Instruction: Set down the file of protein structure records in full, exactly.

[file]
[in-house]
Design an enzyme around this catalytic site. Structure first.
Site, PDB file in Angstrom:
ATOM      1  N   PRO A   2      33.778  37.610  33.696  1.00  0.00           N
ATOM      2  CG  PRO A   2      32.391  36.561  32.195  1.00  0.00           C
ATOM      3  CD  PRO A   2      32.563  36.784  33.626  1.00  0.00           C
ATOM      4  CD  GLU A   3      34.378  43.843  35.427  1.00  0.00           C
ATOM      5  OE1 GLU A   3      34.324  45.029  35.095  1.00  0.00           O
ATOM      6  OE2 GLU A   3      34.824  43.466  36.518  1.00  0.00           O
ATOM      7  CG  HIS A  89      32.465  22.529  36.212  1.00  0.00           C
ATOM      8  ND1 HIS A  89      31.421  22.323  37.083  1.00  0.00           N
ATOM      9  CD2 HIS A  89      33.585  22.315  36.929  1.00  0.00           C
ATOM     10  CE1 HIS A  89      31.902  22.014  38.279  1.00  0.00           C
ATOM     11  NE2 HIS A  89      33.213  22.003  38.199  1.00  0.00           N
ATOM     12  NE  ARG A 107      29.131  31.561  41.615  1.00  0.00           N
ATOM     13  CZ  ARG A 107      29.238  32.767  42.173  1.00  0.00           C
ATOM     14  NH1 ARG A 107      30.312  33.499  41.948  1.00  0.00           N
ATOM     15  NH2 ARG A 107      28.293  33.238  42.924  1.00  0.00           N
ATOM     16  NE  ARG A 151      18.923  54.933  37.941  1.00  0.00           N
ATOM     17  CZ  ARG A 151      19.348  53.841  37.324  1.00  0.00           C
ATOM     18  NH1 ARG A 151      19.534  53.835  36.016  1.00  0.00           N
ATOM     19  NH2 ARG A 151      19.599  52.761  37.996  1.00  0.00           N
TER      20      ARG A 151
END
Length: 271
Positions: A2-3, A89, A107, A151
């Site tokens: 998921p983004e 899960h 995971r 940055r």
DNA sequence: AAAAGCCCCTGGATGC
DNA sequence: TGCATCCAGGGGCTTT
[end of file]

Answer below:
[in-house]
Design an enzyme around this catalytic site. Structure first.
Site, PDB file in Angstrom:
ATOM      1  N   PRO A   2      33.778  37.610  33.696  1.00  0.00           N
ATOM      2  CG  PRO A   2      32.391  36.561  32.195  1.00  0.00           C
ATOM      3  CD  PRO A   2      32.563  36.784  33.626  1.00  0.00           C
ATOM      4  CD  GLU A   3      34.378  43.843  35.427  1.00  0.00           C
ATOM      5  OE1 GLU A   3      34.324  45.029  35.095  1.00  0.00           O
ATOM      6  OE2 GLU A   3      34.824  43.466  36.518  1.00  0.00           O
ATOM      7  CG  HIS A  89      32.465  22.529  36.212  1.00  0.00           C
ATOM      8  ND1 HIS A  89      31.421  22.323  37.083  1.00  0.00           N
ATOM      9  CD2 HIS A  89      33.585  22.315  36.929  1.00  0.00           C
ATOM     10  CE1 HIS A  89      31.902  22.014  38.279  1.00  0.00           C
ATOM     11  NE2 HIS A  89      33.213  22.003  38.199  1.00  0.00           N
ATOM     12  NE  ARG A 107      29.131  31.561  41.615  1.00  0.00           N
ATOM     13  CZ  ARG A 107      29.238  32.767  42.173  1.00  0.00           C
ATOM     14  NH1 ARG A 107      30.312  33.499  41.948  1.00  0.00           N
ATOM     15  NH2 ARG A 107      28.293  33.238  42.924  1.00  0.00           N
ATOM     16  NE  ARG A 151      18.923  54.933  37.941  1.00  0.00           N
ATOM     17  CZ  ARG A 151      19.348  53.841  37.324  1.00  0.00           C
ATOM     18  NH1 ARG A 151      19.534  53.835  36.016  1.00  0.00           N
ATOM     19  NH2 ARG A 151      19.599  52.761  37.996  1.00  0.00           N
TER      20      ARG A 151
END
Length: 271
Positions: A2-3, A89, A107, A151
């Site tokens: 998921p983004e 899960h 995971r 940055r």
DNA sequence: AAAAGCCCCTGGATGC
DNA sequence: TGCATCCAGGGGCTTT